Vermont adds bronze plan
Vt. would allow 'bronze plan' to encourage health
February 6, 2012
Vermont Gov. Peter Shumlin and legislative leaders said Monday they wanted to make it possible for more of the state's small businesses to offer lower premium health insurance plans sometimes known as "bronze plans" until the state can implement its single payer health care system.
Speaking Monday in Montpelier, Shumlin and leaders from the House and Senate, all Democrats, said they would also allow businesses with more than 50 employees to remain outside the federally-mandated health care exchange until 2016.
"This was a hard decision, a very hard decision because there are people who will not have the opportunity to get into that market and they'll have to wait two years and their employees will have to wait two years as well," (House Speaker Shap Smith) said.
By Don McCanne, MD
Vermont is providing us with very important lessons on just how difficult it is to set up a single payer program on a state level. The legislation that passed - hailed as the first single payer system in the United States - is primarily an enactment of a state health insurance exchange as called for in the Affordable Care Act, along with future proposals that are not much more than a wish list at this point.
When they enacted the insurance exchange, they deliberately eliminated the bronze plan since it has an actuarial value of only 60 percent, which would leave 40 percent of covered health care costs to be paid by the patient out-of-pocket, minus income-related subsidies which are inadequate to prevent financial hardship for many of those with health care needs. They wanted better coverage than that.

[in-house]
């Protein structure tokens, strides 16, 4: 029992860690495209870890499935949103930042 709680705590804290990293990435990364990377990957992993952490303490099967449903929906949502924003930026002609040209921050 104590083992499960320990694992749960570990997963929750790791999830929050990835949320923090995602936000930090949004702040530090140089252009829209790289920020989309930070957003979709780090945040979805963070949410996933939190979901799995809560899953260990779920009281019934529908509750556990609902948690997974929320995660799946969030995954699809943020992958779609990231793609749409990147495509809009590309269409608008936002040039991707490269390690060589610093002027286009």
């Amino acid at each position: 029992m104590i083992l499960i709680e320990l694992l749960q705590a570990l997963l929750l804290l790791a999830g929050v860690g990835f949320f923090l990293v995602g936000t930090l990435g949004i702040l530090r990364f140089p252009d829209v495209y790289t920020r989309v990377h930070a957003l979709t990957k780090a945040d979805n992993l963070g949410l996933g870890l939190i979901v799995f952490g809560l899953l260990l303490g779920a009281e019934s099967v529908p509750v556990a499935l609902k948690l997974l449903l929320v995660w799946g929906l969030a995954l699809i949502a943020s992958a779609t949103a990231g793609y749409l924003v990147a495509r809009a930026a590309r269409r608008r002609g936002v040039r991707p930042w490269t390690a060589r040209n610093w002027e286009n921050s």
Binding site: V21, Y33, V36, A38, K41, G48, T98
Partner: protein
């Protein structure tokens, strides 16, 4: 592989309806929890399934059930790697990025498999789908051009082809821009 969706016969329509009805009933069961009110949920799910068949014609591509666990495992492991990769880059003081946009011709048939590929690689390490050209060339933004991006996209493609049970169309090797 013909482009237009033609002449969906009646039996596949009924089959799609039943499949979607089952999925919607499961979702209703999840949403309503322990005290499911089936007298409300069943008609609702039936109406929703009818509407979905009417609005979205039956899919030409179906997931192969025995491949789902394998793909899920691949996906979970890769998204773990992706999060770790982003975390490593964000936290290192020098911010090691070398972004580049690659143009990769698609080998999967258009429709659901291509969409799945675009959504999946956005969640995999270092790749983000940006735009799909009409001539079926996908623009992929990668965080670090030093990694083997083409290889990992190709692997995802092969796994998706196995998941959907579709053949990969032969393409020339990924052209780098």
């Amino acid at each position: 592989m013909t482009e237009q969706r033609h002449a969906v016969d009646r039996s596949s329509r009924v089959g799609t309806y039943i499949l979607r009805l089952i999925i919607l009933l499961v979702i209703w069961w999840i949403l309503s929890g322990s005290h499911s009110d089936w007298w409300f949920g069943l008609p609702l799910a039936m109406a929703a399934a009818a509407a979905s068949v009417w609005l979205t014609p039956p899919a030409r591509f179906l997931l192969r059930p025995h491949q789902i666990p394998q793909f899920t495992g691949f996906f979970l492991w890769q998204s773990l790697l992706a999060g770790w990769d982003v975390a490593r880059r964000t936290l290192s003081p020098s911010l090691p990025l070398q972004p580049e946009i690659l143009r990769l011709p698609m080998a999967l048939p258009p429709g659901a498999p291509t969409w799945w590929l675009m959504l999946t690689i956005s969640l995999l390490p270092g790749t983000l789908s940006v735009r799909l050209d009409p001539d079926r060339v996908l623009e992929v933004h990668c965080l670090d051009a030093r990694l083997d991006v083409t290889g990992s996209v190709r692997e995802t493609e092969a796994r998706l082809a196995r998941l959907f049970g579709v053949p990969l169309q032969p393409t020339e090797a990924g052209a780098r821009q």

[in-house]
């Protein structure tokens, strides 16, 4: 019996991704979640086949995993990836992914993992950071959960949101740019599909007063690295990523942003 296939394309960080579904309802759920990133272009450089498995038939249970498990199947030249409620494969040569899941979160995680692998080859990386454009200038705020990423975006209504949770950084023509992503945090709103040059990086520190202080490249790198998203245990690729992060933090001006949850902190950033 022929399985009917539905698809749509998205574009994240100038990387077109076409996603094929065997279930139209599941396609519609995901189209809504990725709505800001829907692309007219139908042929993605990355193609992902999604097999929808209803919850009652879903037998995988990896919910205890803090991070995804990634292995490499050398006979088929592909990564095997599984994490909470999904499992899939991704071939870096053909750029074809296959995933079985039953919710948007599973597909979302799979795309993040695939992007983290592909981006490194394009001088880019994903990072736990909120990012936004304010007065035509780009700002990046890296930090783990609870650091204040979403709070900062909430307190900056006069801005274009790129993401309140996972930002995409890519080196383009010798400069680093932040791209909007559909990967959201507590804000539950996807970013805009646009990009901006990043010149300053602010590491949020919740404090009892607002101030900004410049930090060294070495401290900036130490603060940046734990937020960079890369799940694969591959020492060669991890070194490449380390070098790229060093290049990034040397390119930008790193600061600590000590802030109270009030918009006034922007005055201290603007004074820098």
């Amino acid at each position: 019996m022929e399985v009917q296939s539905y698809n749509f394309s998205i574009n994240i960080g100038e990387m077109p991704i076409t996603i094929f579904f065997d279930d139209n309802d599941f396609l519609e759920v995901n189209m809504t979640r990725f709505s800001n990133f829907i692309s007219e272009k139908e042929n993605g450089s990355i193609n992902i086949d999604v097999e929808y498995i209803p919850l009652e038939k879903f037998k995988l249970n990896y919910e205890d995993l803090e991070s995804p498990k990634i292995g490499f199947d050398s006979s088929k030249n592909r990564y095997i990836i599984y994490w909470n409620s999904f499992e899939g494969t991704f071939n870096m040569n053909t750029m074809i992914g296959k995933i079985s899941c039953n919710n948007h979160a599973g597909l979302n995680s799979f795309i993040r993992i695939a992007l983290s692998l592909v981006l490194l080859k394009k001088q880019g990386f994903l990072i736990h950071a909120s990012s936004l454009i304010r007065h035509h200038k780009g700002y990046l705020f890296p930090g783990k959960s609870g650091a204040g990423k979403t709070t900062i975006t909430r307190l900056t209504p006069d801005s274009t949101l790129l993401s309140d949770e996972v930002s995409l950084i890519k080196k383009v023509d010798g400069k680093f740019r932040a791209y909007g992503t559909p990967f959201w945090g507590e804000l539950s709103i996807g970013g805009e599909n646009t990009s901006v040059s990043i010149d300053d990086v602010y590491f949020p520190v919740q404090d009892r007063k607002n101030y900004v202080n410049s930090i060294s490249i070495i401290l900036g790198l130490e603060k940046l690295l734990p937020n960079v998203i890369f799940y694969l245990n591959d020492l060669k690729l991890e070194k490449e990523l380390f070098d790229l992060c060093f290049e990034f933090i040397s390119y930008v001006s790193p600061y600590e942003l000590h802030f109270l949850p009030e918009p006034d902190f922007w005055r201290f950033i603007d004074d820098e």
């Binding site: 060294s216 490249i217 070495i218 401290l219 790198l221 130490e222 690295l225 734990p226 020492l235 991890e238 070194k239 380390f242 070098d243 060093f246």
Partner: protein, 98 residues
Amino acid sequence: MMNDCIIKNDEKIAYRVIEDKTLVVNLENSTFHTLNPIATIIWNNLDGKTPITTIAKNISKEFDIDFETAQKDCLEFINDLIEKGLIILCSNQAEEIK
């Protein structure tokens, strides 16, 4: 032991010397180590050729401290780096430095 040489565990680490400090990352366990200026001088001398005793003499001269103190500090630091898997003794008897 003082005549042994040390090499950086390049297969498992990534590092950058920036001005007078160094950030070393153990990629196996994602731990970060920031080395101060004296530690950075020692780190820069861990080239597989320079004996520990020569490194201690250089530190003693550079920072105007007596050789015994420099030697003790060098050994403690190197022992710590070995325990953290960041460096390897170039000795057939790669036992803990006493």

The problem they faced was that the premiums for the silver and gold plans (70 and 80 percent actuarial values) would be too expensive for many individuals and small businesses in Vermont, thus the trade off of lower premiums for spartan plans.
What doesn't appear in this article is that these high-deductible bronze plans are very profitable for insurers, and they certainly would want to maintain and grow this sector of their market. It is likely that the insurers' message to the governor and the legislature was that they couldn't provide silver and gold plans at the level of premium that many businesses could afford, and the insurers likely didn't need to resort to threats of withdrawing from markets. (BlueCross BlueShield of Vermont is the dominant insurer and can write its own ticket, and, though a nonprofit, it still depends on profits.)
The governor and the legislature are to be commended for doing their very best to try to bring a single payer system to Vermont, though they are finding many of the barriers to be insurmountable. While they are patching together what they can, they should join our growing movement demanding that Congress enact a national single payer program. That would solve the health care financing problems for all states.